Medical emergencies happen on the homestead… and in life!
Let’s just say that it seems a bit idiotic to think that you can save enough money to prepare for a medical emergency. I don’t know a single person who plans to have a heart attack. No one plans to get third degree burns over 50% of their body from a brush burn gone bad. And certainly no one plans to be diagnosed with cancer or a chronic disease.
But it happens. And when it does, you’re going to have a hard time not going broke even WITH insurance.
With major medical emergencies, we aren’t talking about medical expenses that number in the thousands of dollars. We are talking about hundreds of thousands dollars that can be wracked up in just a week or so in the hospital. I’m not making these numbers up. Believe me, this is our everyday life. Medical expenses in the US are out of control!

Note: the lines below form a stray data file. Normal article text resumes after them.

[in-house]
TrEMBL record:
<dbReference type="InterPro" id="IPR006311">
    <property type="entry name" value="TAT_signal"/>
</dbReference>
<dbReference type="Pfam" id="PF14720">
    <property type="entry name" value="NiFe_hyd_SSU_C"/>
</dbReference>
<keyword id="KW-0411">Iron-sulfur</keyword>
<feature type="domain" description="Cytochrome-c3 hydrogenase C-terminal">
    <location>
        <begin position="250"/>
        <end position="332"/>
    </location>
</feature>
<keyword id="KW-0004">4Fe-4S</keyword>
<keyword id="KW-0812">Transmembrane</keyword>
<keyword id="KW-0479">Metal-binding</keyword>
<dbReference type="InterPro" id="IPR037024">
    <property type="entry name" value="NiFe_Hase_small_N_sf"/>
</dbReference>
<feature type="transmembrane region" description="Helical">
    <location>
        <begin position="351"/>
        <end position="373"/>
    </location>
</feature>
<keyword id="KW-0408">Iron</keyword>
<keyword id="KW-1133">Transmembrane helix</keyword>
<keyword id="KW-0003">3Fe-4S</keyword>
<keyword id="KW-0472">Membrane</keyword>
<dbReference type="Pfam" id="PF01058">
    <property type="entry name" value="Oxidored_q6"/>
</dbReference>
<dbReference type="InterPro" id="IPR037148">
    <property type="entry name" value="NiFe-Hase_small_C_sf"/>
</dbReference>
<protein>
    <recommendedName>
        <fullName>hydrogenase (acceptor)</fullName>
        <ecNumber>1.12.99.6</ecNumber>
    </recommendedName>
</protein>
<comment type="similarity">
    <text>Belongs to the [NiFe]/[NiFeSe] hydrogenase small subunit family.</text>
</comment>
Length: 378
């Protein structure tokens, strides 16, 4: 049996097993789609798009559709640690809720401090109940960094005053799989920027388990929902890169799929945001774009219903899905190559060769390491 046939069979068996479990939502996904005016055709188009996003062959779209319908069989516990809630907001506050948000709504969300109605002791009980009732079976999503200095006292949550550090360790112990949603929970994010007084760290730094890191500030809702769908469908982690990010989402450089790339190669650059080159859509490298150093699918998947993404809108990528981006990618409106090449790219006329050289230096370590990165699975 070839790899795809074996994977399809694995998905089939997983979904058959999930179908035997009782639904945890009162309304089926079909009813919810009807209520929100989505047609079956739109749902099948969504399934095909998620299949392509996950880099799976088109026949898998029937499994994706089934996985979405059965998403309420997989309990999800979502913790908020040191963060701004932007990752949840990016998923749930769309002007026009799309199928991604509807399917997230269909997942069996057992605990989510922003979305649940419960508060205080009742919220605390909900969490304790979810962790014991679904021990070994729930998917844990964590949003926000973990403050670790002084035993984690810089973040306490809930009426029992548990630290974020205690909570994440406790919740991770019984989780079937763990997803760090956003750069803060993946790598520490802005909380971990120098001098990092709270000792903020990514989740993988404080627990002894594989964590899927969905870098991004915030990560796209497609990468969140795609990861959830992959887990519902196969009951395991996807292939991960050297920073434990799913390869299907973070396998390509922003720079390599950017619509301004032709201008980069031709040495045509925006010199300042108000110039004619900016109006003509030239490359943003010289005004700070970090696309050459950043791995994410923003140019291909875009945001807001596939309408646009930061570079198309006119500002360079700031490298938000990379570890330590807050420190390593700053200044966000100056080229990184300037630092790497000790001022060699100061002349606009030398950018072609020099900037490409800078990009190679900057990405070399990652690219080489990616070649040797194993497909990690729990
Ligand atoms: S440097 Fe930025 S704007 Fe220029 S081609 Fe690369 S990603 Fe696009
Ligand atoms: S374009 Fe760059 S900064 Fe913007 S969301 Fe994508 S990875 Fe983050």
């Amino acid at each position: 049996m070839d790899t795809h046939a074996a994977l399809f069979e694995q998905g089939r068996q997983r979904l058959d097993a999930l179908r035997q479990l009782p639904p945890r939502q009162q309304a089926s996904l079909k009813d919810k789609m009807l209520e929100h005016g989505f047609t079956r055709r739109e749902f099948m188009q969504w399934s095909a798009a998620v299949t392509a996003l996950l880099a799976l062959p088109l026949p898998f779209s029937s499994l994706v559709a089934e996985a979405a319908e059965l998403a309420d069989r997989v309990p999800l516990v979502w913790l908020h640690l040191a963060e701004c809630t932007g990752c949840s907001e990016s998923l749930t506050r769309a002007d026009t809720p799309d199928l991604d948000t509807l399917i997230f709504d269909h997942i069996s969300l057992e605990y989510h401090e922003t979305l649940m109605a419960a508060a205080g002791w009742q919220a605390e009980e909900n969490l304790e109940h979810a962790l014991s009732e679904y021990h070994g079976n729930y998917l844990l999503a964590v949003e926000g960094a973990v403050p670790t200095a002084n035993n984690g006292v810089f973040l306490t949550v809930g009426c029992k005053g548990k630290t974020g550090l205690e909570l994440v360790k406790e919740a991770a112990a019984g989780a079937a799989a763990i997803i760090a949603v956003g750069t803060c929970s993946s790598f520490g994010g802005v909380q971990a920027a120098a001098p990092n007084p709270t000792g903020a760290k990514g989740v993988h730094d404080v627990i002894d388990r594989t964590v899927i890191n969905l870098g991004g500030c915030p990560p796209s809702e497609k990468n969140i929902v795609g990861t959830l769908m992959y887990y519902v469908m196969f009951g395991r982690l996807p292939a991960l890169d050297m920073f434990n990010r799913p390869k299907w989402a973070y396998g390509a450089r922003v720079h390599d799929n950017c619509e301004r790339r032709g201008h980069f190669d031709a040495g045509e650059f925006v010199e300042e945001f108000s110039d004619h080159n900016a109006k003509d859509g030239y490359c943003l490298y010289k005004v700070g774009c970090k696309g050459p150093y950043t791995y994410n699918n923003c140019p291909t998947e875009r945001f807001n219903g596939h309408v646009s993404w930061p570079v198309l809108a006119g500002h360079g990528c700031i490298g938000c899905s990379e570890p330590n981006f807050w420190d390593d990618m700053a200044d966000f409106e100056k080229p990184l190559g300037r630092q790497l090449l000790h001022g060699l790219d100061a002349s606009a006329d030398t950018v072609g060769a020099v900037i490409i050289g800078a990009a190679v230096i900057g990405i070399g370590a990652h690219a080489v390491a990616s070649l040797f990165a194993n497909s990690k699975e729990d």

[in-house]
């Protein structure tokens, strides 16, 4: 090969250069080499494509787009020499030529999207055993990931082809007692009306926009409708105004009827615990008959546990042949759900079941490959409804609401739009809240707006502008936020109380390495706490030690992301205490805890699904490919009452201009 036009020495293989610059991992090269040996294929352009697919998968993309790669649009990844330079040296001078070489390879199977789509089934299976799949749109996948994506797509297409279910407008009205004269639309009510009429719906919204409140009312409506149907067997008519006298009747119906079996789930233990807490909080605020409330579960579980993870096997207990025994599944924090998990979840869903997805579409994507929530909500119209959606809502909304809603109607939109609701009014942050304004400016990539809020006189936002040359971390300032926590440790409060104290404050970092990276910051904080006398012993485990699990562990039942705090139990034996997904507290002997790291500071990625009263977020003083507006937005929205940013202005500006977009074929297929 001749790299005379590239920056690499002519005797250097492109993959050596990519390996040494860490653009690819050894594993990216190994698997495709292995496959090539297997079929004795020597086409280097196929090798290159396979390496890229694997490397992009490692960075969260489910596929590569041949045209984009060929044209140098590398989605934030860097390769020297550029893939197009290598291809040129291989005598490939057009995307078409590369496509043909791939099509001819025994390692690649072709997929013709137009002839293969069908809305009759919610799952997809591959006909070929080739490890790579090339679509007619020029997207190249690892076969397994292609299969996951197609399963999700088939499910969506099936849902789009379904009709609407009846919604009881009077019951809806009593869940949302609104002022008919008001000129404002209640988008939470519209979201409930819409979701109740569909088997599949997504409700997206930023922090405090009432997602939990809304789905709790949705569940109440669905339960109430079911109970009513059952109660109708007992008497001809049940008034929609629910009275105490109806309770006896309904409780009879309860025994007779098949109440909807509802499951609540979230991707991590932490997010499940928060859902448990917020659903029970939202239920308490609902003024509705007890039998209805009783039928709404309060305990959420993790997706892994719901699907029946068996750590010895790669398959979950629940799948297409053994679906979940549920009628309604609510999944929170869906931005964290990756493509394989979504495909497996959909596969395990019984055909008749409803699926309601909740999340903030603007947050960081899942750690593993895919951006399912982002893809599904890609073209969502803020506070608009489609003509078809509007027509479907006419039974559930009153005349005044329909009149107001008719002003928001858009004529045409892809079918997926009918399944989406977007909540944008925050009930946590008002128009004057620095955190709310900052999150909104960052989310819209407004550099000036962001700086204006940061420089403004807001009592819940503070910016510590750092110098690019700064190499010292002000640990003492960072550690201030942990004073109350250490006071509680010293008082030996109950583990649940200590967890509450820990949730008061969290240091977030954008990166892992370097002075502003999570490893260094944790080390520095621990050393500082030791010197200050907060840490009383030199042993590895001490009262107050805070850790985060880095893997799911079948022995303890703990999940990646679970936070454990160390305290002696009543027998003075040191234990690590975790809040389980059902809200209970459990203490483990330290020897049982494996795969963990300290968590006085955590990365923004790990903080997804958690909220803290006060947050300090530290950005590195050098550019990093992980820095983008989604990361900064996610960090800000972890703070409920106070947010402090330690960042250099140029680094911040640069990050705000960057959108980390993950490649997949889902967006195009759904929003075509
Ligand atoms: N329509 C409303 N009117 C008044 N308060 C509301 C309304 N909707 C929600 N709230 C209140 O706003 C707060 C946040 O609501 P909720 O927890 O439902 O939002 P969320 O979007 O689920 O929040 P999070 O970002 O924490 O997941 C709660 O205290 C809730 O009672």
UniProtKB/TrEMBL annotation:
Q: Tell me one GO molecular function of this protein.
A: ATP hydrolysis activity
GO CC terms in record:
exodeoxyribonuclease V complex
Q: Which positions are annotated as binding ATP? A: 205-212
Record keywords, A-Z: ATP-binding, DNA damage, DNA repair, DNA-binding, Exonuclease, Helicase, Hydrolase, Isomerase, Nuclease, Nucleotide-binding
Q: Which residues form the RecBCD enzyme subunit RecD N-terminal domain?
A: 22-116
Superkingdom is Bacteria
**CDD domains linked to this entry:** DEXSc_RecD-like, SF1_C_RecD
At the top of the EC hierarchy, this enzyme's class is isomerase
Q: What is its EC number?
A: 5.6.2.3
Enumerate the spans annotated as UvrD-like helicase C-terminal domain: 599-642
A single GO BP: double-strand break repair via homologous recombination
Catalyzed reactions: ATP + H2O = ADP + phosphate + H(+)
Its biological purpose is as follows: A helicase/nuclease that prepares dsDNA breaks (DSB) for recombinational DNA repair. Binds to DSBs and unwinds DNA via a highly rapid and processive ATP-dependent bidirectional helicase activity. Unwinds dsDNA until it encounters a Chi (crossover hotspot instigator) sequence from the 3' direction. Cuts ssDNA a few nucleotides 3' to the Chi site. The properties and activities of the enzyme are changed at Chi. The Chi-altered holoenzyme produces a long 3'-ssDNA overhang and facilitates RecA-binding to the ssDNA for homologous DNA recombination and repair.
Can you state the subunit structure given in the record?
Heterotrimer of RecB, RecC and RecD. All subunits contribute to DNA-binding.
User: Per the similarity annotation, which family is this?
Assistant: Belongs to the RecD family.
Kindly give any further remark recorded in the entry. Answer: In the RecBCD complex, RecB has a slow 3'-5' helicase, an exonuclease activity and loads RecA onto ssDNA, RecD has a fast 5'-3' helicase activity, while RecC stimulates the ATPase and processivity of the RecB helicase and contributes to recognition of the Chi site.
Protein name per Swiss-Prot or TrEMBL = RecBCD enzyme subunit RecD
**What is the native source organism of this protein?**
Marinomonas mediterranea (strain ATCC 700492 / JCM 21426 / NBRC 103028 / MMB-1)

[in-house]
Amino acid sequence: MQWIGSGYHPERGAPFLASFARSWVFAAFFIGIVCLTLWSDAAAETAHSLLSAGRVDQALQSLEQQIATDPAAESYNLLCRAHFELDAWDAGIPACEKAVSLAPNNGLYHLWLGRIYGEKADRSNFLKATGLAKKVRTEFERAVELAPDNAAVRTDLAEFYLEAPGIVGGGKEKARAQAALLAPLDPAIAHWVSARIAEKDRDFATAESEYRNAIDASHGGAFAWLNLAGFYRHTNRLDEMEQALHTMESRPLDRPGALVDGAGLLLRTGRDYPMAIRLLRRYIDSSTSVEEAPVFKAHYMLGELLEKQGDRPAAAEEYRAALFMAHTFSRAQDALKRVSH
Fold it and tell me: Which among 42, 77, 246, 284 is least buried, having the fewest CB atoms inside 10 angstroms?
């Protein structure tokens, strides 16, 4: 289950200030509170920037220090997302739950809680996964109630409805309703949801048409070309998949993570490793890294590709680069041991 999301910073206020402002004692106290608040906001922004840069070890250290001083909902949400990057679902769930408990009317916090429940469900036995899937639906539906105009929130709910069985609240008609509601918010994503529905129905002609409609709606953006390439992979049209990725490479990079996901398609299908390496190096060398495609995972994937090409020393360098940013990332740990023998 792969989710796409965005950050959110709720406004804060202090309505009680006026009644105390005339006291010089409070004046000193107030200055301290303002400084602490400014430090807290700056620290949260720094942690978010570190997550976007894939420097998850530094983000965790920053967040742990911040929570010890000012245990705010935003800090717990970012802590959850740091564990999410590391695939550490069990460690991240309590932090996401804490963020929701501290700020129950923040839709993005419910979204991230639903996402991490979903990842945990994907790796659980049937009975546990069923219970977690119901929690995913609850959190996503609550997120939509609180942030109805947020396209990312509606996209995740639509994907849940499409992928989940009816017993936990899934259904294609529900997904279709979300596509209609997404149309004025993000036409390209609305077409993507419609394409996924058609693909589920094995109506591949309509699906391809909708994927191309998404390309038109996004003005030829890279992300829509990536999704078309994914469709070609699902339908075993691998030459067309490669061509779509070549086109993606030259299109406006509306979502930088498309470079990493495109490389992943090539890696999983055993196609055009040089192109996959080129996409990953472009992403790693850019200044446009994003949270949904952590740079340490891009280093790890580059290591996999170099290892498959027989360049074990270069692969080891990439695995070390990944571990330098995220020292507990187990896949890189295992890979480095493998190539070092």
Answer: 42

That being said, there are some options that you might want to consider in order to keep your family insured while still homesteading. Your options will vary based on where you live (assuming you are in the US) and whether or not you are employed. None of the options are perfect and they all have a lot of disadvantages. The only thing I can suggest is to do the best you can and to make the best choice possible for your family.
Health Insurance Options for Homesteaders:
Group plans are insurance plans offered through an employer. These are healthcare plans that are not offered to the public and often have lower deductibles and better benefits than public plans. Employers usually pay a certain amount towards their employee’s healthcare. However, many employees will still need to pay for portions of their benefits, especially if they want their entire family covered on the plan.
Our experience with Group Plans: